2023 Solar Incentives Guide for Highland, MI - Tax Credits & Rebates
In this guide, we'll cover the latest solar incentives and rebates available in Highland.
You'll learn about:
- Local & State Solar Incentives
- Federal Tax Credits (Updated for 2023 and beyond)
- Ways to optimize your solar investment
Solar installers are experts in maximizing your solar tax credits and rebates.
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By EcoWatch Local Advisors
Data Analysis: James Savino
Ranking Methodology: Karsten Neumeister
Updated May 04, 2023
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What Solar Tax Credits, Incentives, and Rebates are Available in Highland?
Michigan Saves - Home Energy Loan Program
Consumers Energy (Electric) - Residential Energy Efficiency Program
Washing Machine: $25 - $50
WiFi Enabled Thermostat: $50 - $100
Room Air Conditioner: $20
Pool Pump: $350
Refrigetor/Freezer Recyclilng: $50
Room Air Conditioner/Dehumidifier Recycling: $15
Heating & Cooling
Split System Central AC: $50 - $500
Air Source Heat Pump: $150 - $250
Ground Source Heat Pump: $200 - $300
Ductless Mini-Split Heat Pump: $350
ECM Motor: $50
Thermostat: $10 - $100
Central AC Tune-Up: $50
Windows & Insulation
Roof Insulation: $50 - $200
Wall Insulation: $50 - $125
Crawlspace Insulation: $10 - $50
Rim Joist Insulation: $20 - $50
Window Replacement: $15/window
Patio Door Replacement: $40/door
Federal Residential Renewable Energy Tax Credit
The term "solar incentives" refers to financial incentives that are in place to encourage increased use of renewable energy by making installing and using solar panels more affordable. You might qualify for several kinds of incentives, including cash back, discounts or monthly utility bill credits, depending on your situation. Some incentives come from your specific utility company, county or municipality, some from the state of Michigan and others from the federal government. Types of solar incentives might include:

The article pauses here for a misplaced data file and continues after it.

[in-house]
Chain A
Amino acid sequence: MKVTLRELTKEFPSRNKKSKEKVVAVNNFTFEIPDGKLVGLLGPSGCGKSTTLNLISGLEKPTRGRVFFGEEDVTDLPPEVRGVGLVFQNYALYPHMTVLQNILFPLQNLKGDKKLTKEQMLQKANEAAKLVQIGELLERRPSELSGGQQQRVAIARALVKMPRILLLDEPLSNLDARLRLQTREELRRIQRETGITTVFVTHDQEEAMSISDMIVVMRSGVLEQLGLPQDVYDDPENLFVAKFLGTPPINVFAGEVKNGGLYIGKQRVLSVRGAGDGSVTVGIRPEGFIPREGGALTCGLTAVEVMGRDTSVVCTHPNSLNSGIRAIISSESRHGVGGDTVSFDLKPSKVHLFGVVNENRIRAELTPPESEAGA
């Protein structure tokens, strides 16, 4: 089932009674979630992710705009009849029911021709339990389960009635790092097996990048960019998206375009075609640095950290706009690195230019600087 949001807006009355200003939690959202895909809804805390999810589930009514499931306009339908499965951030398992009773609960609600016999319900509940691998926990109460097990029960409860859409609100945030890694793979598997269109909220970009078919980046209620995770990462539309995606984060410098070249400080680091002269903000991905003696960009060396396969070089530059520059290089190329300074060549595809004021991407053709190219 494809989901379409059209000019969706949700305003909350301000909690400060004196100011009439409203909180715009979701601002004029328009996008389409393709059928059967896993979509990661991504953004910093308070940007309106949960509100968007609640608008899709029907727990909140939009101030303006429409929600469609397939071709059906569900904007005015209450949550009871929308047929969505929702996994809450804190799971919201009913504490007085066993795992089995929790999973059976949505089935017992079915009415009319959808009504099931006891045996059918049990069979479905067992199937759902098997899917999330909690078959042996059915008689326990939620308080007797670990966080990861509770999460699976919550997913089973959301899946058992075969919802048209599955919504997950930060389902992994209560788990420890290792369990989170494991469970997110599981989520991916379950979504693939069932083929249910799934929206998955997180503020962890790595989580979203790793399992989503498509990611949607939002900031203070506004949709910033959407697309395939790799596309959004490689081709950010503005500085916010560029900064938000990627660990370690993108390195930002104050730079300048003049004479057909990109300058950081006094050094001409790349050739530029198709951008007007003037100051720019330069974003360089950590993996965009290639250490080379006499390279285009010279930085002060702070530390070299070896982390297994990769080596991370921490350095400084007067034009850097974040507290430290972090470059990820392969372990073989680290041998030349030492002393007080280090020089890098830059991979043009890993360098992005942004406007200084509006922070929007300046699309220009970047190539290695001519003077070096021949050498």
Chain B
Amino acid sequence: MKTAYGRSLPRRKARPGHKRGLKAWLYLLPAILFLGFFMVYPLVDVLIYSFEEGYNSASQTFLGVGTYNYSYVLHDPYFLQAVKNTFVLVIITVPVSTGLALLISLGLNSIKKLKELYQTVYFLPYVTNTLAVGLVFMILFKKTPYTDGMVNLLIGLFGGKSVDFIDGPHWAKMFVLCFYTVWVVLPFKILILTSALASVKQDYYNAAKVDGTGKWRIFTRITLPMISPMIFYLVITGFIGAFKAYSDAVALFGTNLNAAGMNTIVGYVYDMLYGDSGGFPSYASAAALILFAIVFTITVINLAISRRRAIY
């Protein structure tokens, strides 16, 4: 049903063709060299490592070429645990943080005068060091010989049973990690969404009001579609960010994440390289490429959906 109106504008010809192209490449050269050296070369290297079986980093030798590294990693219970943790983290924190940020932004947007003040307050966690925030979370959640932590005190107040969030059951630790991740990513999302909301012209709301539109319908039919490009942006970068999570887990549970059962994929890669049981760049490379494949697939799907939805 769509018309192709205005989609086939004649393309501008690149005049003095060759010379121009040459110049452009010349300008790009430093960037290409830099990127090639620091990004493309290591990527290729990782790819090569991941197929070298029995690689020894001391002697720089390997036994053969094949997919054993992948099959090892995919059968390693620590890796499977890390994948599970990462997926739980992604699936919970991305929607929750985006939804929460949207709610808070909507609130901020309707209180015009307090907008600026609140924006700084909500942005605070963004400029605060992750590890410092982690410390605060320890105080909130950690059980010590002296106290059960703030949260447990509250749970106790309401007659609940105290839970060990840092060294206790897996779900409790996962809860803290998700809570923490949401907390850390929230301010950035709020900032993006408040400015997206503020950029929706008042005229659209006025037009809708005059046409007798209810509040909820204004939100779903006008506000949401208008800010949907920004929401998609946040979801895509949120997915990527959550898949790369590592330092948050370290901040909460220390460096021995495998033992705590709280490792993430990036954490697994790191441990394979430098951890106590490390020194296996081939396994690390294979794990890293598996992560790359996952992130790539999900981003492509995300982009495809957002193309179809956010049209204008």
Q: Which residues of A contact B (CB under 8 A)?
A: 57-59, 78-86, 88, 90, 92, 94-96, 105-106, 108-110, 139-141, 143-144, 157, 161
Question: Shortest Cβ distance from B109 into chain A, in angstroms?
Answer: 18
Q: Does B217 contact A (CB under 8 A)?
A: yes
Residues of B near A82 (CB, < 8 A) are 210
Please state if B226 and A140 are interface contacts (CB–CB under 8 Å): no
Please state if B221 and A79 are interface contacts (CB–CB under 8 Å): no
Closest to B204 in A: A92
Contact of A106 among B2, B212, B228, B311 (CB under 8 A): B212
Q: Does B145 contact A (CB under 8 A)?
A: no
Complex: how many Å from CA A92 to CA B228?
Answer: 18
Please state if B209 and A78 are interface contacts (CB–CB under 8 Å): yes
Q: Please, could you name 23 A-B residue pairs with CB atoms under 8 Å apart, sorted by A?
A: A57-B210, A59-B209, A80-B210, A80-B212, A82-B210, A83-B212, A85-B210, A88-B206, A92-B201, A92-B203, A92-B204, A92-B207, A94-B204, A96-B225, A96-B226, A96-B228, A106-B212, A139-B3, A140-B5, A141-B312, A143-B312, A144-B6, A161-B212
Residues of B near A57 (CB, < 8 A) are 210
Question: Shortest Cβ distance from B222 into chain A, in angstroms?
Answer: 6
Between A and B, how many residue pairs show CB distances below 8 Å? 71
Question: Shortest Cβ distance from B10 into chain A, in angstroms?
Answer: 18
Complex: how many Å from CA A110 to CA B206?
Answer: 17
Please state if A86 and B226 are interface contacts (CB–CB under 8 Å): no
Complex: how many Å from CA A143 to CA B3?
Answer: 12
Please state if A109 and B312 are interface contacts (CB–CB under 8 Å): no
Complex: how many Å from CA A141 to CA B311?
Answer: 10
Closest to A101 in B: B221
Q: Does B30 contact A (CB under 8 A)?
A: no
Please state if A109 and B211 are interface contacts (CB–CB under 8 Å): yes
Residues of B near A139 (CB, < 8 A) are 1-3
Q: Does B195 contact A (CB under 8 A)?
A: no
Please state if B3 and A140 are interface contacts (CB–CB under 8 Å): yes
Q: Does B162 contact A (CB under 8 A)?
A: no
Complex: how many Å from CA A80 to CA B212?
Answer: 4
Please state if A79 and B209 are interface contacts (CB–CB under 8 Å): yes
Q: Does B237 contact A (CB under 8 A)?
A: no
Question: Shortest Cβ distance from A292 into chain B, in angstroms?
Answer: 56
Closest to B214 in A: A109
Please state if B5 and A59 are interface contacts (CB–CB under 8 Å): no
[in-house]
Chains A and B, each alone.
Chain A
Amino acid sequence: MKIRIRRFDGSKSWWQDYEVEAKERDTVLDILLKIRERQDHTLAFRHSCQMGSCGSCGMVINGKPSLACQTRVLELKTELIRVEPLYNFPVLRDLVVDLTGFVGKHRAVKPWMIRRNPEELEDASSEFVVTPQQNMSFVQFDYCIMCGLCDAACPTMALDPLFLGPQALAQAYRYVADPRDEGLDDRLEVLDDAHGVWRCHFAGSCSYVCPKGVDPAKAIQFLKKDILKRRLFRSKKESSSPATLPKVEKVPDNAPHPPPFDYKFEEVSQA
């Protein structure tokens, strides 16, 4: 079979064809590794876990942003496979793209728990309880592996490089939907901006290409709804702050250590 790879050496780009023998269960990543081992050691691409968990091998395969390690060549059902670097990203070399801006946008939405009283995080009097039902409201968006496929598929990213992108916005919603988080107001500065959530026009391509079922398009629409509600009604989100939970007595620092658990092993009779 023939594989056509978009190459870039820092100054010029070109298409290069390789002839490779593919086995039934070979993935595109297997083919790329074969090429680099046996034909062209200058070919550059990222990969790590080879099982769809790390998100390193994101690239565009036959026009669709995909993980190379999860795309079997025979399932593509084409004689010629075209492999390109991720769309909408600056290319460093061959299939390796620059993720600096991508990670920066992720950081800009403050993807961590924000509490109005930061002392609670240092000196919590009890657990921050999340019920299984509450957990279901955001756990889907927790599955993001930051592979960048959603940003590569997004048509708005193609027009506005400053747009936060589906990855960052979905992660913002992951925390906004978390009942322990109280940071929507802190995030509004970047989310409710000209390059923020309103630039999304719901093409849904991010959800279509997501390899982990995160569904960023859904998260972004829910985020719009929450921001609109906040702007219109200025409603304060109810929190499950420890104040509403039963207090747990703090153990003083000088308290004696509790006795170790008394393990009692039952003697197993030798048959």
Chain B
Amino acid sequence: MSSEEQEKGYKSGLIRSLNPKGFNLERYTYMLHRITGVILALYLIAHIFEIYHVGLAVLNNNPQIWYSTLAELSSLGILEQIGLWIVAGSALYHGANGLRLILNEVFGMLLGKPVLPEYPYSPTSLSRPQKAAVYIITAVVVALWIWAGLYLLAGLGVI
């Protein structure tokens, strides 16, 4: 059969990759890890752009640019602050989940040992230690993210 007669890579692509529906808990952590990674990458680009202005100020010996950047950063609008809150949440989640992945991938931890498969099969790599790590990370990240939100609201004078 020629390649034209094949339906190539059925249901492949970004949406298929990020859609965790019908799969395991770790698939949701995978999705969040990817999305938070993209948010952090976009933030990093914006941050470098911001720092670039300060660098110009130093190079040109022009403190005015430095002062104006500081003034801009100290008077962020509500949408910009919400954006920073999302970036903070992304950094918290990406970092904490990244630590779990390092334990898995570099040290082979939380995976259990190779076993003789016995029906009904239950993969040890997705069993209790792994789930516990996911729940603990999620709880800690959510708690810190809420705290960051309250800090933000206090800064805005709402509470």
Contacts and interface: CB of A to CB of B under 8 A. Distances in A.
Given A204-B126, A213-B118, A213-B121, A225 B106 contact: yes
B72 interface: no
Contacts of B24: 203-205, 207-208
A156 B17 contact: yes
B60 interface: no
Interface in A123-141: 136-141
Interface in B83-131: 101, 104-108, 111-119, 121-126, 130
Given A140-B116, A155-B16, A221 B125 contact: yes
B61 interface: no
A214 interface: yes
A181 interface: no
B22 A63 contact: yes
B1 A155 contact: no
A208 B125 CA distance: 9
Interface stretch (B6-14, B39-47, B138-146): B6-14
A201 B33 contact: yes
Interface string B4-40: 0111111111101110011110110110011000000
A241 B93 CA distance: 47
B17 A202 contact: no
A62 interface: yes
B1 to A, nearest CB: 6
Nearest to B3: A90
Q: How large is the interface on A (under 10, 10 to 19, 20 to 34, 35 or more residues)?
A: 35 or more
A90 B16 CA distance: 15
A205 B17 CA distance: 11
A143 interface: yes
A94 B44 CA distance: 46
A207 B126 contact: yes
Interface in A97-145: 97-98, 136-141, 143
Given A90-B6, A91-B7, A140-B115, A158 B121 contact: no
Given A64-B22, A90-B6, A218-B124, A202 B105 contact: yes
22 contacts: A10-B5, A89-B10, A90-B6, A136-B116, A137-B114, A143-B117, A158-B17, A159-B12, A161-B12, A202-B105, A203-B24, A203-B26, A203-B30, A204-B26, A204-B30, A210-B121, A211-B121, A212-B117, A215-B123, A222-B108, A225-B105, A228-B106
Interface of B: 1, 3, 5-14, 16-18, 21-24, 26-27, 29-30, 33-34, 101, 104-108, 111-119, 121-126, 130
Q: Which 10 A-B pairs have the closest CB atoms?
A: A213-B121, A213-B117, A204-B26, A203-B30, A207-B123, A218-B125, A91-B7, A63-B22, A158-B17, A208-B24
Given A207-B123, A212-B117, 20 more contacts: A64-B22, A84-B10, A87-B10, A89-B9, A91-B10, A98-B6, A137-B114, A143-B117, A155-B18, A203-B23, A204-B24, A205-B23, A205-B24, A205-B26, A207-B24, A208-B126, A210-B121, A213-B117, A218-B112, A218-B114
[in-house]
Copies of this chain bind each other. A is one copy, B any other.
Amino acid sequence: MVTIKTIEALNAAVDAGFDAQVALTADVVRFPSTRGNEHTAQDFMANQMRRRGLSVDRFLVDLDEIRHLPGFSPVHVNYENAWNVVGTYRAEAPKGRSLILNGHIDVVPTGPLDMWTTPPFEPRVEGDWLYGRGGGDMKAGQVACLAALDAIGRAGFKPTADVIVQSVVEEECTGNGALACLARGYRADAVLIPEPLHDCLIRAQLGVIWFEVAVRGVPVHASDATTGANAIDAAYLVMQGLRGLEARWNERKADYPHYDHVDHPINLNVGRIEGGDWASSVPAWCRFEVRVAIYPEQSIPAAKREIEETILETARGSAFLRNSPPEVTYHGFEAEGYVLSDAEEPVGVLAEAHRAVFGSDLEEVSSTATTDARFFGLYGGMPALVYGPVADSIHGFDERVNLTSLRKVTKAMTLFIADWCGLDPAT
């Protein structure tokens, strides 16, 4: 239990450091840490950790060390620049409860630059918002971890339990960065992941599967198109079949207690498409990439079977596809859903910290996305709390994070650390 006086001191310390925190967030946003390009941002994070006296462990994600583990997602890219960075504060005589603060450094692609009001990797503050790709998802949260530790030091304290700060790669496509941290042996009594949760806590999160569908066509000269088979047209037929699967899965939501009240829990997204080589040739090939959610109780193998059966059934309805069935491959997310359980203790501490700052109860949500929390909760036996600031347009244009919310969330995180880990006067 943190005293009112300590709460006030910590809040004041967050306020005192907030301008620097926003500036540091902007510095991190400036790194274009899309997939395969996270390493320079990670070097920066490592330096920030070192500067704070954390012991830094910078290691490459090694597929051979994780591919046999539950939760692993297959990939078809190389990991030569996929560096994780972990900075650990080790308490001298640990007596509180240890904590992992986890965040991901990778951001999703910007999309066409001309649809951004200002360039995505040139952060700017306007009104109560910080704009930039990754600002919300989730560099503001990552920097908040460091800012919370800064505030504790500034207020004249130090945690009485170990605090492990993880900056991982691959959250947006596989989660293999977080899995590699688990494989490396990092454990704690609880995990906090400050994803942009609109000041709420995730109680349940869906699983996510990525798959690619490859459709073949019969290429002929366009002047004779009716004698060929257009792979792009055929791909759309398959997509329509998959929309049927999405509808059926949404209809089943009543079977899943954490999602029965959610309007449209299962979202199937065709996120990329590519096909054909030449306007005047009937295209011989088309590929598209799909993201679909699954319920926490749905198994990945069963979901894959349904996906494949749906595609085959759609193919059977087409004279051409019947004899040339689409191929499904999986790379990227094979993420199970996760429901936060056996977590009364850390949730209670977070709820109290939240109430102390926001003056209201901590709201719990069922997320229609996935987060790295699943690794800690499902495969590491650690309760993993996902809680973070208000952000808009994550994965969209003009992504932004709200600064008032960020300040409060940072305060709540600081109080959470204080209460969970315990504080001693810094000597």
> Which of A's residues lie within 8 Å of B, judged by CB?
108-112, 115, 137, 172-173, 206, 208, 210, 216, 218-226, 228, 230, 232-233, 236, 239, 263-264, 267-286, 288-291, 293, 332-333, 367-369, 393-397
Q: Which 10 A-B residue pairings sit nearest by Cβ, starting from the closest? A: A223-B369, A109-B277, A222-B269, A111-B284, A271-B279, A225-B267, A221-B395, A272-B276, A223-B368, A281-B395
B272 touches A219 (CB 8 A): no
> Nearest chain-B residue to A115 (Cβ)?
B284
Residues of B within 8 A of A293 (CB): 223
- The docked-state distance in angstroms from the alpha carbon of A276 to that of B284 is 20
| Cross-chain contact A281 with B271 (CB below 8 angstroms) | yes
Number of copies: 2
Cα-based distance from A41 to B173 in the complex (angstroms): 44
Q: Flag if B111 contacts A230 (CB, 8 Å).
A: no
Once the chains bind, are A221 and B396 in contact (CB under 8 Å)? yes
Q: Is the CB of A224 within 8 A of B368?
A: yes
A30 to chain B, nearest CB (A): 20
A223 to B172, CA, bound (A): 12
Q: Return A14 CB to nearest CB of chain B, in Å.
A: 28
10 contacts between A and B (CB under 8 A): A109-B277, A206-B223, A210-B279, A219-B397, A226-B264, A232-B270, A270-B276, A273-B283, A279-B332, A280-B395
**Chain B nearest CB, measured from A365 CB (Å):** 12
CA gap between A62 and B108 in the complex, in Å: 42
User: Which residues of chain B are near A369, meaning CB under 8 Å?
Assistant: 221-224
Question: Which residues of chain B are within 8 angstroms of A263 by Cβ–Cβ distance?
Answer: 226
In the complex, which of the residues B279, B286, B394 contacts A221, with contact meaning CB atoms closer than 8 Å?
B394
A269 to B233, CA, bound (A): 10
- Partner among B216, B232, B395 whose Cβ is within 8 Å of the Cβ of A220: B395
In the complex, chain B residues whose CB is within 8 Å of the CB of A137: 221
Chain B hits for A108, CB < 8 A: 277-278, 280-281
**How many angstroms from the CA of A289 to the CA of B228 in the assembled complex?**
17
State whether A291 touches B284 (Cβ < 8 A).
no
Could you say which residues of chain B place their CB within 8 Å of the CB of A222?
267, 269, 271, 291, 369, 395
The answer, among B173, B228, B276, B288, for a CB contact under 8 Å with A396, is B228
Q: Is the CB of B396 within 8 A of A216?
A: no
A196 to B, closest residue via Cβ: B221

- Tax Exemptions: These might come in the form of property tax exemptions, which can let you exclude the value of your solar system when paying taxes on your home. They may also include exemptions on sales tax at the time of purchase.
- Rebates: Solar rebates can be offered by your county or state, or by your local utility company. These rebates work as partial refunds that are applied after you pay for a solar system and before tax credits are calculated.
- Tax Credits: Different from tax deductions, tax credits reduce, dollar-for-dollar, the amount of income tax that you owe the government.
- Net Metering: You can sign a net metering contract with your Highland utility company that will apply to all or a percentage of the excess electricity your solar panels generate. Your utility company will then subtract this value from your utility bill each month.
Federal Solar Incentives
When thinking about solar incentives, you likely think of federal incentives first. The solar incentive that you're most likely to have heard of is the Federal Solar Investment Tax Credit (ITC), which gives you a credit on your taxes equal to a percentage of your solar system's cost.
The ITC can be applied to solar panels installed on your primary or secondary residence in the United States. The solar system has to have been installed after January 1, 2006 on a property you own for you to claim the credit. The ITC originally paid out 30% of all system costs (panels, accessories, labor and equipment), although the amount has fluctuated over the years between 26-30%. The installation date of your solar system will determine what percentage you are eligible for. There is no cap on the amount you can claim.
Your local Highland solar panel installer can provide you with more information about the ITC and how it applies to your situation.
The Inflation Reduction Act, passed in August 2022, made some changes to the ITC (as well as retitling it the Clean Energy Credit). The new Clean Energy Credit now runs until 2035. American homeowners are now eligible for a 30% credit for solar systems that began installation on or after January 1, 2022 and will be done by December 31, 2032. This new credit will then see a slight annual decrease until its expiration. The expansion to the program also makes it easier to get credit for energy storage systems, beginning in 2023.